The Consulate General of the Republic of Korea in Hong Kong has seen heightened security measures in its surrounding area after a North Korean defector was reported to have sought refuge at the consulate.
Multiple versions of reports regarding the identity of the rumoured defector have surfaced since then. One widely-cited report from Ming Pao stated that the defector is a North Korean student, aged 18, who attended the 57th Mathematical Olympiad at the Hong Kong University of Science and Technology between July 6 and 16.
Each country sent six contestants to the mathematics event, including North Korea, but at the contest’s opening ceremony on July 10, only five representatives from the country were on stage.
The South Korean consulate in Hong Kong declined to comment on the incident on Thursday morning. The Commissioner’s Office of China’s Foreign Ministry in Hong Kong said it is looking into the matter.
This version of events has been reported in Hong Kong media, including Apple Daily, RTHK and i-Cable News. Other reports said the defector is middle-aged and others said there may be more than one defector.
Two security guards with metal detectors were seen at the South Korean consulate on Wednesday while plain clothes police officers were seen nearby, according to Apple Daily. Police officers with guns were present at the atrium of the Far East Finance Centre, where the consulate is located. They told the newspaper that they were from the Counter Terrorism Response Unit.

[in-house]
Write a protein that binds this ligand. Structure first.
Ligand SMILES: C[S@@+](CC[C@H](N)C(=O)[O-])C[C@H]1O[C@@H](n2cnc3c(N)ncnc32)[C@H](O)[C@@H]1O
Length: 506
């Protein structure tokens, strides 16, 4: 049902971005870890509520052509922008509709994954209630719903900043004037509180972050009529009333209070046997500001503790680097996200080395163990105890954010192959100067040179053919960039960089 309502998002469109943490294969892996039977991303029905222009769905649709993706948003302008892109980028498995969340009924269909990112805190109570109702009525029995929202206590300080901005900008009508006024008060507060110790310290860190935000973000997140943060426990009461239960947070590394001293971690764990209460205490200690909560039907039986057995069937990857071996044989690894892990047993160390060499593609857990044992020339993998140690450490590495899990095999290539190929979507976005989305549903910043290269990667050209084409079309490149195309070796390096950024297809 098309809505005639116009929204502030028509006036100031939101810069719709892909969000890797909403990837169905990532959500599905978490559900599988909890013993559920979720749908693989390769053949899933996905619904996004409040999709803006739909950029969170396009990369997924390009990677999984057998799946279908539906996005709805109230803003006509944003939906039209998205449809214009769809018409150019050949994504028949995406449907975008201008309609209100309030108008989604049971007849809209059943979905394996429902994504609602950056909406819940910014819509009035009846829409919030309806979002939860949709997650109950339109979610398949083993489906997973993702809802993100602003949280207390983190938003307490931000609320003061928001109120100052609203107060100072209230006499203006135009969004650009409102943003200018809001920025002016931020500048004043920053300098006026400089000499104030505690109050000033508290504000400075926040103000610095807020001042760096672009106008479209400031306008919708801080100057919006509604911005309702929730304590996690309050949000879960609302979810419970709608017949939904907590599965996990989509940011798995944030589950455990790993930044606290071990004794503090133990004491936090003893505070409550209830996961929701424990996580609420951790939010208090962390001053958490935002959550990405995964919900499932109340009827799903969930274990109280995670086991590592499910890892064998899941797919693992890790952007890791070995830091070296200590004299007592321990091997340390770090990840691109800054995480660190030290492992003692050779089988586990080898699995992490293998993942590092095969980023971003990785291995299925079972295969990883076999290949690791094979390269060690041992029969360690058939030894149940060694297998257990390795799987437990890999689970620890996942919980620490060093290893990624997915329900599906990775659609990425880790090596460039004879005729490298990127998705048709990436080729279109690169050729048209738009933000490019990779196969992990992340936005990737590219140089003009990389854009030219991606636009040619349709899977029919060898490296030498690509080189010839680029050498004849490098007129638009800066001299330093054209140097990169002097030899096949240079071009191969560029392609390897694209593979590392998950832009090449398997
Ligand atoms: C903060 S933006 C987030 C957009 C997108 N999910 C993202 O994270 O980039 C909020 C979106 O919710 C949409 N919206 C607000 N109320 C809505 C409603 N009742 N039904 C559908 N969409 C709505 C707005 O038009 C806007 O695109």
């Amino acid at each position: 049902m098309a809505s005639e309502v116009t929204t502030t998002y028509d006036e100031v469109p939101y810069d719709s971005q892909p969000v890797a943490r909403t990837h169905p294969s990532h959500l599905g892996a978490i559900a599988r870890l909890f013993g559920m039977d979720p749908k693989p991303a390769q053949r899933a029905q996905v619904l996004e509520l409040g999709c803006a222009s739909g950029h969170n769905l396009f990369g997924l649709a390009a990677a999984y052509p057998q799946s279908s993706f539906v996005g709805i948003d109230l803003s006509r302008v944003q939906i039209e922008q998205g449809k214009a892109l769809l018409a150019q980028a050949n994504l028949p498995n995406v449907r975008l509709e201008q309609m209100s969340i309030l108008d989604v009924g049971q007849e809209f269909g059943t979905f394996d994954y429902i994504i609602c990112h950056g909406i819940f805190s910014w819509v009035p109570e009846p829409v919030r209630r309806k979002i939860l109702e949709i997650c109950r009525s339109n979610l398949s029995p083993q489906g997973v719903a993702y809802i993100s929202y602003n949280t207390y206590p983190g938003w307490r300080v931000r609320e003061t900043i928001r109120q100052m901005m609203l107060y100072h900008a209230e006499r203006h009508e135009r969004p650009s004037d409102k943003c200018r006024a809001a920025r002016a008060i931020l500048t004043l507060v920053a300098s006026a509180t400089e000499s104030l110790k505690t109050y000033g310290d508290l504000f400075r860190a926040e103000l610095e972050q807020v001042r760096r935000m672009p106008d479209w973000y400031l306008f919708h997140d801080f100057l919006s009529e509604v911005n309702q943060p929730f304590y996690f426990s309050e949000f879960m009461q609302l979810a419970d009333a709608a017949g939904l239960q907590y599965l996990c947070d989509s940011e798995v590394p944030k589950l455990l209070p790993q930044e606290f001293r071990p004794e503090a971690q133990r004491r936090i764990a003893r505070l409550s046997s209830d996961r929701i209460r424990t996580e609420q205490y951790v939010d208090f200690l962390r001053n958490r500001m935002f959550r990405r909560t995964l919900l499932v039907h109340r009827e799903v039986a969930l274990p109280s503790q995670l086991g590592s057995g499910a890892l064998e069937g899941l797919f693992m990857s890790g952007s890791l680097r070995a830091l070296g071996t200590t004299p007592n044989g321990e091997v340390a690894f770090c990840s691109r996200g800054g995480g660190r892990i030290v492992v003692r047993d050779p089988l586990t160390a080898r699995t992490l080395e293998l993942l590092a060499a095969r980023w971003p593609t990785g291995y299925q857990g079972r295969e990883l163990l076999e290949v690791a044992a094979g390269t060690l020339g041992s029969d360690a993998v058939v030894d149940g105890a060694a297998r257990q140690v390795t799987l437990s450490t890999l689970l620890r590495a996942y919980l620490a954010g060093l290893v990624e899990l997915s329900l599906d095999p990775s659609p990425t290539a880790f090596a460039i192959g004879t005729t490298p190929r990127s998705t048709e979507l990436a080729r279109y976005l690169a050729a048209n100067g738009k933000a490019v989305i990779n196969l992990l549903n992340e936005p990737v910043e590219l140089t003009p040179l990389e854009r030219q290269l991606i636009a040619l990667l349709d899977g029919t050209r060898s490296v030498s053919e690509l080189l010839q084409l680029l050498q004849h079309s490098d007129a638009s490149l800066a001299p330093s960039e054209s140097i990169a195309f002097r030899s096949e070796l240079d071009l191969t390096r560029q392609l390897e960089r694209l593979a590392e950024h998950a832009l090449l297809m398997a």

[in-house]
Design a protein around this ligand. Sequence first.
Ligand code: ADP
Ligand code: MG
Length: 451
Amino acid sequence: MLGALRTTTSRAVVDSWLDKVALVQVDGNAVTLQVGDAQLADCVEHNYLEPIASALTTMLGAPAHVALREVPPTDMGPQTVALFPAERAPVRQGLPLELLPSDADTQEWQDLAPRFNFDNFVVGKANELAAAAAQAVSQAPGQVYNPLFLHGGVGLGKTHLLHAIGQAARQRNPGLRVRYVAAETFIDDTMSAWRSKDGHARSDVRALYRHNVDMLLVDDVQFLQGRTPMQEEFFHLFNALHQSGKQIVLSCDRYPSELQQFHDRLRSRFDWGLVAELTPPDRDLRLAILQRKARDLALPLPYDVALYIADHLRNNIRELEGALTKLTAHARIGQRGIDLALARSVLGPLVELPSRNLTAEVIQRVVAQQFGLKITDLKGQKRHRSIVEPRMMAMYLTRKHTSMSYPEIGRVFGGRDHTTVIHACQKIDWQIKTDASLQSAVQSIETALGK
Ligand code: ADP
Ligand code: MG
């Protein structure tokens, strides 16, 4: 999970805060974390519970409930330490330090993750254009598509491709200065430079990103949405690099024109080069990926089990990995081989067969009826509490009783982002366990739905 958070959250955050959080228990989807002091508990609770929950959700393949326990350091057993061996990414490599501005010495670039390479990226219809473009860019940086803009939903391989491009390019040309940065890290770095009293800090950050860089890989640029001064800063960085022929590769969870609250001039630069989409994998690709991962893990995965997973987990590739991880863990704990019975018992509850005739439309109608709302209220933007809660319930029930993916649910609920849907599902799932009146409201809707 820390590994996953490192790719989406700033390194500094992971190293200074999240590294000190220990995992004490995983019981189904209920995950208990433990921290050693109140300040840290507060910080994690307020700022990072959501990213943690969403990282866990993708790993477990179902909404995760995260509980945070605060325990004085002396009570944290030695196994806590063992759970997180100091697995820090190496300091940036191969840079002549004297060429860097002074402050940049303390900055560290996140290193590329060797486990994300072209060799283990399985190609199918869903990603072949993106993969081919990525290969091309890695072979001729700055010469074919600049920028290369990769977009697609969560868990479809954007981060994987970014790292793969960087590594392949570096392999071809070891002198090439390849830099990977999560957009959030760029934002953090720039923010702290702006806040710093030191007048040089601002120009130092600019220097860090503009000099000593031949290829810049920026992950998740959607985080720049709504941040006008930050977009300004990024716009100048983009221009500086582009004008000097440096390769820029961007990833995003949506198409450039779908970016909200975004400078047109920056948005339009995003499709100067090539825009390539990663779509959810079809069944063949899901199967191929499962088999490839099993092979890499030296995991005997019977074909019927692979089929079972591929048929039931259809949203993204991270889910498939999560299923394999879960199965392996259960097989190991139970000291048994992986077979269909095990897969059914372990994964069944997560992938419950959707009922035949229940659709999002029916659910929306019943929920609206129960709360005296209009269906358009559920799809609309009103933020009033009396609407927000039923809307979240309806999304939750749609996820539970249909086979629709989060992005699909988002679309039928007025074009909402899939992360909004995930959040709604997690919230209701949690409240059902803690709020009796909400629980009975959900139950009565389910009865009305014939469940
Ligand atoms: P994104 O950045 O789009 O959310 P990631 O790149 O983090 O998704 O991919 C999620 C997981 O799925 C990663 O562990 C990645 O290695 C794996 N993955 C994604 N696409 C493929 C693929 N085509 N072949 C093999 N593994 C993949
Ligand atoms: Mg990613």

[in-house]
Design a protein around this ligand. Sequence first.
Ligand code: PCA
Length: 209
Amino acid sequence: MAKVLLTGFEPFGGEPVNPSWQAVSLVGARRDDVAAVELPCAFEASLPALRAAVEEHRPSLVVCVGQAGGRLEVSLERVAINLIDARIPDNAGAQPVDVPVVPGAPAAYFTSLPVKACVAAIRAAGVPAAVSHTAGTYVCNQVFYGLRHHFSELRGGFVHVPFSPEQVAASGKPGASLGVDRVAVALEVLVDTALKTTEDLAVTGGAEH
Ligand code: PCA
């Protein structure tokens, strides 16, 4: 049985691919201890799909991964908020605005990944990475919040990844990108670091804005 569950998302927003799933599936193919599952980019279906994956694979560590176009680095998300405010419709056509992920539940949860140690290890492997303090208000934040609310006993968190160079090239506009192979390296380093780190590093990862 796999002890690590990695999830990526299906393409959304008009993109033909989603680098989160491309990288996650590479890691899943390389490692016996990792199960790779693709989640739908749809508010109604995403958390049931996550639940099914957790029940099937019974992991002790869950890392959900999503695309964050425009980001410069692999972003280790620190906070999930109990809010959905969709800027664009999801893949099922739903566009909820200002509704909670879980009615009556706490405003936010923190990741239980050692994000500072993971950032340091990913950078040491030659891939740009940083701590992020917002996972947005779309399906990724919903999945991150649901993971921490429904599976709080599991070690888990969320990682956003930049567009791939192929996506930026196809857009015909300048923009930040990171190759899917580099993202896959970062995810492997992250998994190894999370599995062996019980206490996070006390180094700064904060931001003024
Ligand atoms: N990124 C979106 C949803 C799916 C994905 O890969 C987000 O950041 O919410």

Consulate ‘safest place’ for defector
If confirmed, this would be the second case of North Korean defectors seeking refuge in Hong Kong.
Arnold Fang, researcher for East Asia at Amnesty International, told HKFP that North Korean defectors often choose South Korea as their destination of refuge since language fluency plays a role in sustaining oneself in a society.
Fang said if there is in fact a defector inside the South Korean consulate, the Chinese and South Korean governments should not deport this person back to North Korea, as both governments are parties in the 1951 refugee convention.
He added that there can be “multiple strands of relations at work” in terms of which authority will be responsible for the supposed defector in the consulate.
“As far as I know, the consulate is the safest place for [the defector],” said Fang.
In 1996, a family of 16 from North Korea sought refuge in Hong Kong, according to Lau Kwun-hang, co-founder of the NGO North Korean Defectors Concern.
Lau told RTHK that it is difficult to understand why a North Korean defector would choose Hong Kong as a destination for refuge, as few have done so in the past.